This qualitative, grounded theory study focuses on global leadership and global leadership development strategies from the perspective of people from three developing countries, Brazil, India, and Nigeria. The study explores conceptualizations of global leadership, the skills required to lead effectively in global contexts, and recommended strategies for developing capacity as a global leader from a developing country perspective, leading to an integrated global leadership development model. The question this study explores is, "What are effective global leadership development strategies for people from developing countries working in public and nonprofit sectors?"
The literature review encompasses readings on leadership, intercultural training, leadership development, and global leadership. The review of leadership includes a brief history of the development of the field of leadership as a foundational base from which to understand global leadership. The reviews of intercultural training and leadership development literatures serve to frame the methods being utilized in education and training to develop leadership and intercultural capacity in current and future leaders. Finally, the review of global leadership literature surveys the state of the art in the field.
Concerns regarding the transferability of western-based leadership theories and processes to contexts significantly different from the global corporate contexts for which the theories were developed were confirmed through the review of literatures. Little has been published on global leadership or indeed on leadership at all from a developing country perspective and far less about development strategies for non-corporate, non-western contexts.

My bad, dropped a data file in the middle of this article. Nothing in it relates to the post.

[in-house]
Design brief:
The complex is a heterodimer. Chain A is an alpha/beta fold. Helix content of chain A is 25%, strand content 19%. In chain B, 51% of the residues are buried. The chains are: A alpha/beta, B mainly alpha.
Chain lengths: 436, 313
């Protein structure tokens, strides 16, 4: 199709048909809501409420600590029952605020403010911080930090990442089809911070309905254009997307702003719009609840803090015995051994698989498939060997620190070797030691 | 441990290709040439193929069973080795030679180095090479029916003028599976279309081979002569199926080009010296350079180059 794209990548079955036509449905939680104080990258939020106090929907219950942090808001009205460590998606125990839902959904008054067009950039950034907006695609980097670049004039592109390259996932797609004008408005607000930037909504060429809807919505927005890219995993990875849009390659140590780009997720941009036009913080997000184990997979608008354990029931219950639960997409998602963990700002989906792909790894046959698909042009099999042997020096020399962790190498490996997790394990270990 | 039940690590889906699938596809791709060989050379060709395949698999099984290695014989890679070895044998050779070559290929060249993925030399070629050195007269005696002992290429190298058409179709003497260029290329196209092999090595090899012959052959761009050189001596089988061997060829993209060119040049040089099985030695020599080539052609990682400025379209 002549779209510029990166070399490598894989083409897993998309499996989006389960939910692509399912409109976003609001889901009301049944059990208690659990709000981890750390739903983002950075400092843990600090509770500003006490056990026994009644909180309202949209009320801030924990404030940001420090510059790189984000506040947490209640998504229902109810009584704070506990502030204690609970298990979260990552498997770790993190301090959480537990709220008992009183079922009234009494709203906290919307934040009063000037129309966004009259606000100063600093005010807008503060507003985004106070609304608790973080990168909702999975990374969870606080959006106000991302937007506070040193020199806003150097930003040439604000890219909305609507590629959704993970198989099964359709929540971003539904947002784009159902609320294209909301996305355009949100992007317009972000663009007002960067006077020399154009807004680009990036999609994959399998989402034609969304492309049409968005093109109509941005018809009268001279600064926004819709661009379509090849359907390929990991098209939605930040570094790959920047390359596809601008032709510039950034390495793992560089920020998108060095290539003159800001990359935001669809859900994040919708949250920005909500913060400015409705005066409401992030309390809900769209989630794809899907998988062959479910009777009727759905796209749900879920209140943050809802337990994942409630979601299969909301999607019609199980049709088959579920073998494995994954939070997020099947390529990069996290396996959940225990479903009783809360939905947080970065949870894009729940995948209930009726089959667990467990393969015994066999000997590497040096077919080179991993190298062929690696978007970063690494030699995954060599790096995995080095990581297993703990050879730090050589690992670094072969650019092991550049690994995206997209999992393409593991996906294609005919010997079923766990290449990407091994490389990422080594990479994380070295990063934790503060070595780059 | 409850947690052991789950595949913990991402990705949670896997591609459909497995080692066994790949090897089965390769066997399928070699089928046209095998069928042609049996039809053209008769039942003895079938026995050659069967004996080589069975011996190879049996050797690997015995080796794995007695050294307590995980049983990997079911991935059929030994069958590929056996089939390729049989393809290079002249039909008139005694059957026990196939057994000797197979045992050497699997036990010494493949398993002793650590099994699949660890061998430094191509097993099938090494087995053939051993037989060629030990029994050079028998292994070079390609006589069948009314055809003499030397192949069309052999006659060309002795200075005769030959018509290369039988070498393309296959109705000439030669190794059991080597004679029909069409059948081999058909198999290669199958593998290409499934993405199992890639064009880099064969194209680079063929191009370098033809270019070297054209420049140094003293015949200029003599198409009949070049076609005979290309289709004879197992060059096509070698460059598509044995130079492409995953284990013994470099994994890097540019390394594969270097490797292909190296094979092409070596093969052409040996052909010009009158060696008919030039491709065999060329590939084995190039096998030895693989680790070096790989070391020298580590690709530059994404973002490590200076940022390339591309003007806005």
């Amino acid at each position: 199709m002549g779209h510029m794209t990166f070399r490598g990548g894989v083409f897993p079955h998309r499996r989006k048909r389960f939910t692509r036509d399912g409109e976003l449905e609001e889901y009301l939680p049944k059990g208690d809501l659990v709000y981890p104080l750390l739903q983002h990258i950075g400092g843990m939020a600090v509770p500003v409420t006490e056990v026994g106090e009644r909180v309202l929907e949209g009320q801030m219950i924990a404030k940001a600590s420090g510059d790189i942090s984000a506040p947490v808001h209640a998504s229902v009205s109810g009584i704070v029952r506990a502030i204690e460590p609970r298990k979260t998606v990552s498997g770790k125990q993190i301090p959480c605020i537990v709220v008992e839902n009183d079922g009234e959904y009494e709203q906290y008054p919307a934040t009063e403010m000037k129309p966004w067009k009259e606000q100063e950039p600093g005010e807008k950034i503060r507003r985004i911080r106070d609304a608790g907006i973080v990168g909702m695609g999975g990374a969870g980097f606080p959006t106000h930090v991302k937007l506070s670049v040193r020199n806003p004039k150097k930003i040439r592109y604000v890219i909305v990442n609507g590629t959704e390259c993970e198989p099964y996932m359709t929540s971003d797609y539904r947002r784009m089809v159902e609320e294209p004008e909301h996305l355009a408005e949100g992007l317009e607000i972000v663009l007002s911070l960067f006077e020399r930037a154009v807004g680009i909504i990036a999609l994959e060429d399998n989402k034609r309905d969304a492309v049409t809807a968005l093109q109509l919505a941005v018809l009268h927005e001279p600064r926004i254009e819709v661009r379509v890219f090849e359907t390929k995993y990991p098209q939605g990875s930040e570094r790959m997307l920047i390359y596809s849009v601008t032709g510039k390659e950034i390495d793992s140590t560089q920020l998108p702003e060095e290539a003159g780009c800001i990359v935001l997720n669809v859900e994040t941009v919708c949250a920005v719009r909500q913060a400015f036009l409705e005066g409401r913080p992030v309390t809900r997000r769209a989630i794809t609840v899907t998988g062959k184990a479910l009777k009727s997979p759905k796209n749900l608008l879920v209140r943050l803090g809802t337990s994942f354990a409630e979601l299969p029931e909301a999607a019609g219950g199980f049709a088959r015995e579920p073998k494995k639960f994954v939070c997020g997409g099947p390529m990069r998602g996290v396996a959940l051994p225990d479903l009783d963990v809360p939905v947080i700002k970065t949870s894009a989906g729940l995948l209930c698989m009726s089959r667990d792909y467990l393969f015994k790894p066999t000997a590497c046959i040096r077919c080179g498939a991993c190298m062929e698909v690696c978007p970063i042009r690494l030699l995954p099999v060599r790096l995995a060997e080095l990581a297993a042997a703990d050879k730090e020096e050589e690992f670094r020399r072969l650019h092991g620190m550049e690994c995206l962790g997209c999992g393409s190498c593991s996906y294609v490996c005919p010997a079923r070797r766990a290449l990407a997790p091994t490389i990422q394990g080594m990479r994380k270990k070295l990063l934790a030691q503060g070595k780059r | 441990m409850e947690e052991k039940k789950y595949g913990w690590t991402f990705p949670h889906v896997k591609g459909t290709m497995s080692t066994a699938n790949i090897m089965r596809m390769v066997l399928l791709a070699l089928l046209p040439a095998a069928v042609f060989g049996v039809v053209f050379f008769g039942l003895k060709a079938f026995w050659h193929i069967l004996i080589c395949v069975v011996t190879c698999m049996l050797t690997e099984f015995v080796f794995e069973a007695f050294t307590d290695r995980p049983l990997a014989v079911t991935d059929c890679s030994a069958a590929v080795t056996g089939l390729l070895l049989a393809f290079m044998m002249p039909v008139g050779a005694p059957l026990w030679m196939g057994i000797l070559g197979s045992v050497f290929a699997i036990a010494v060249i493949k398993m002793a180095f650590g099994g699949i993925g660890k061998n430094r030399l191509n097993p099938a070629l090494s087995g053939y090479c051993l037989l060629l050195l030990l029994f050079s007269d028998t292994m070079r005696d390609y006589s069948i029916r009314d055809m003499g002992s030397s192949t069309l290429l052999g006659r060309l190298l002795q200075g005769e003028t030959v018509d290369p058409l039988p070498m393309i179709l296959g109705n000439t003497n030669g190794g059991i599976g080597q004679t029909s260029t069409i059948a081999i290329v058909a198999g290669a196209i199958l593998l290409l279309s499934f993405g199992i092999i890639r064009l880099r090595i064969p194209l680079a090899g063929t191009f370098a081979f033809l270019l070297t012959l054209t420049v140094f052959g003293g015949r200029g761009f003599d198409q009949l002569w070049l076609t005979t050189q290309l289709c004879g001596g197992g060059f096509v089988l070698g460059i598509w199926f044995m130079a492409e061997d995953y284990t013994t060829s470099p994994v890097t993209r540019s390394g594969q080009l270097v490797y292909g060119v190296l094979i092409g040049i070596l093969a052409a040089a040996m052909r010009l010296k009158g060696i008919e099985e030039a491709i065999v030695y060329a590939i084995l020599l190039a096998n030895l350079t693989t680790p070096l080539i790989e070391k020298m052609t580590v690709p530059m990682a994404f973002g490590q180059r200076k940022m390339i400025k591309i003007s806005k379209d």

Data collection consisted of baseline surveys with 32 participants and follow up interviews with 14 primary research participants. Individual interviews were conducted with former Humphrey Fellows from Brazil, India, and Nigeria, representing public and nonprofit, government, and private business in their respective countries.
Data analysis followed a grounded theory, constant comparative method that allows themes to emerge directly from the data through text analysis. Findings were compared across the three countries, as well as across four additional biographical factors (sector, experience, gender, and age), although country and sector analyses were most central to the study and therefore considered more fully.
Results show that while there are theories and practices in global leadership development that are common across country and sector boundaries, there are also some divergent conceptualizations of global leadership and global leadership contexts in developing countries that have implications for development strategies. Recommendations from the study participants demonstrated the centrality of intercultural competence as the mechanism to translate effective local action to effective global action. Specific strategies focused on ways to gain intercultural experience, to gain global knowledge, and to address contextual factors through policy advocacy.
In a synthesis of existing knowledge and new learning from the study a set of recommendations and strategies as well as a new integrated model of global leadership development emerged that incorporate perspectives from multiple sectors, multiple disciplines, and multiple cultures.